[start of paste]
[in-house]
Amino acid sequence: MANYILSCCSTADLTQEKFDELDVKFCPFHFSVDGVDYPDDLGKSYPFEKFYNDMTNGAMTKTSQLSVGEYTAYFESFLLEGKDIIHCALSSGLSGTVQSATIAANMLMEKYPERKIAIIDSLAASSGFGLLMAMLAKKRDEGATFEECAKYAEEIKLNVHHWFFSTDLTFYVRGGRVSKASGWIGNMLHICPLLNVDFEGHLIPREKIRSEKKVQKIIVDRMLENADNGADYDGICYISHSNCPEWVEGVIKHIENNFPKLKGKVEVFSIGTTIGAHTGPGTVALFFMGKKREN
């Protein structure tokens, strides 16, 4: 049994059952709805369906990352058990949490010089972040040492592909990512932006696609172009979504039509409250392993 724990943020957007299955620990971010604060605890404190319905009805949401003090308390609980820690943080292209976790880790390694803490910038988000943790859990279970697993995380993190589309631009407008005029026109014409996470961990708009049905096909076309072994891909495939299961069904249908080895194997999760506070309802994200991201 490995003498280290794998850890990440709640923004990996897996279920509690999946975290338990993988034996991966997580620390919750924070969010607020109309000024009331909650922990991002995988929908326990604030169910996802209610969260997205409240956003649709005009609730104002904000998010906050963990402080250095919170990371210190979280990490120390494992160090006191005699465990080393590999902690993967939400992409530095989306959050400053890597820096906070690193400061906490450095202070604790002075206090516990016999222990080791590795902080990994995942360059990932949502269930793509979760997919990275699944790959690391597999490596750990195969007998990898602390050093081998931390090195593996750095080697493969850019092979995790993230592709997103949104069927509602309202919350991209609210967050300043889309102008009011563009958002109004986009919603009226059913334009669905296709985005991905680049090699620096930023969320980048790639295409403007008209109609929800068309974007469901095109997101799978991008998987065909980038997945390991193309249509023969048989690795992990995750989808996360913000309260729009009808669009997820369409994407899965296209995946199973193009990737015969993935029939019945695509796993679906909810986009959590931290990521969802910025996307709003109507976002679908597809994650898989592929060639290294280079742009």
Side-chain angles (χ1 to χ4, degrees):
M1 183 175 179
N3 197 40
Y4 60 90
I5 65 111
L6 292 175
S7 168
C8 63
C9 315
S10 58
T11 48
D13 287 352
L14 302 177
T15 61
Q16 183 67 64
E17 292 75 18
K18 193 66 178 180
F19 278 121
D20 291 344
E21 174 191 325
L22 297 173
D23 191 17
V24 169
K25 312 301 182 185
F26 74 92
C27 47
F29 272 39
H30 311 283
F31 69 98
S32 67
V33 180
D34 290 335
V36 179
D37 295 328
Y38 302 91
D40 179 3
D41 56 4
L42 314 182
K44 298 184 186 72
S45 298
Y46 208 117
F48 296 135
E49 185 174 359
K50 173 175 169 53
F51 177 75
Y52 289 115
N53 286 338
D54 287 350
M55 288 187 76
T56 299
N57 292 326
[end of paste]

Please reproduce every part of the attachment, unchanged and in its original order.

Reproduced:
[in-house]
Amino acid sequence: MANYILSCCSTADLTQEKFDELDVKFCPFHFSVDGVDYPDDLGKSYPFEKFYNDMTNGAMTKTSQLSVGEYTAYFESFLLEGKDIIHCALSSGLSGTVQSATIAANMLMEKYPERKIAIIDSLAASSGFGLLMAMLAKKRDEGATFEECAKYAEEIKLNVHHWFFSTDLTFYVRGGRVSKASGWIGNMLHICPLLNVDFEGHLIPREKIRSEKKVQKIIVDRMLENADNGADYDGICYISHSNCPEWVEGVIKHIENNFPKLKGKVEVFSIGTTIGAHTGPGTVALFFMGKKREN
């Protein structure tokens, strides 16, 4: 049994059952709805369906990352058990949490010089972040040492592909990512932006696609172009979504039509409250392993 724990943020957007299955620990971010604060605890404190319905009805949401003090308390609980820690943080292209976790880790390694803490910038988000943790859990279970697993995380993190589309631009407008005029026109014409996470961990708009049905096909076309072994891909495939299961069904249908080895194997999760506070309802994200991201 490995003498280290794998850890990440709640923004990996897996279920509690999946975290338990993988034996991966997580620390919750924070969010607020109309000024009331909650922990991002995988929908326990604030169910996802209610969260997205409240956003649709005009609730104002904000998010906050963990402080250095919170990371210190979280990490120390494992160090006191005699465990080393590999902690993967939400992409530095989306959050400053890597820096906070690193400061906490450095202070604790002075206090516990016999222990080791590795902080990994995942360059990932949502269930793509979760997919990275699944790959690391597999490596750990195969007998990898602390050093081998931390090195593996750095080697493969850019092979995790993230592709997103949104069927509602309202919350991209609210967050300043889309102008009011563009958002109004986009919603009226059913334009669905296709985005991905680049090699620096930023969320980048790639295409403007008209109609929800068309974007469901095109997101799978991008998987065909980038997945390991193309249509023969048989690795992990995750989808996360913000309260729009009808669009997820369409994407899965296209995946199973193009990737015969993935029939019945695509796993679906909810986009959590931290990521969802910025996307709003109507976002679908597809994650898989592929060639290294280079742009």
Side-chain angles (χ1 to χ4, degrees):
M1 183 175 179
N3 197 40
Y4 60 90
I5 65 111
L6 292 175
S7 168
C8 63
C9 315
S10 58
T11 48
D13 287 352
L14 302 177
T15 61
Q16 183 67 64
E17 292 75 18
K18 193 66 178 180
F19 278 121
D20 291 344
E21 174 191 325
L22 297 173
D23 191 17
V24 169
K25 312 301 182 185
F26 74 92
C27 47
F29 272 39
H30 311 283
F31 69 98
S32 67
V33 180
D34 290 335
V36 179
D37 295 328
Y38 302 91
D40 179 3
D41 56 4
L42 314 182
K44 298 184 186 72
S45 298
Y46 208 117
F48 296 135
E49 185 174 359
K50 173 175 169 53
F51 177 75
Y52 289 115
N53 286 338
D54 287 350
M55 288 187 76
T56 299
N57 292 326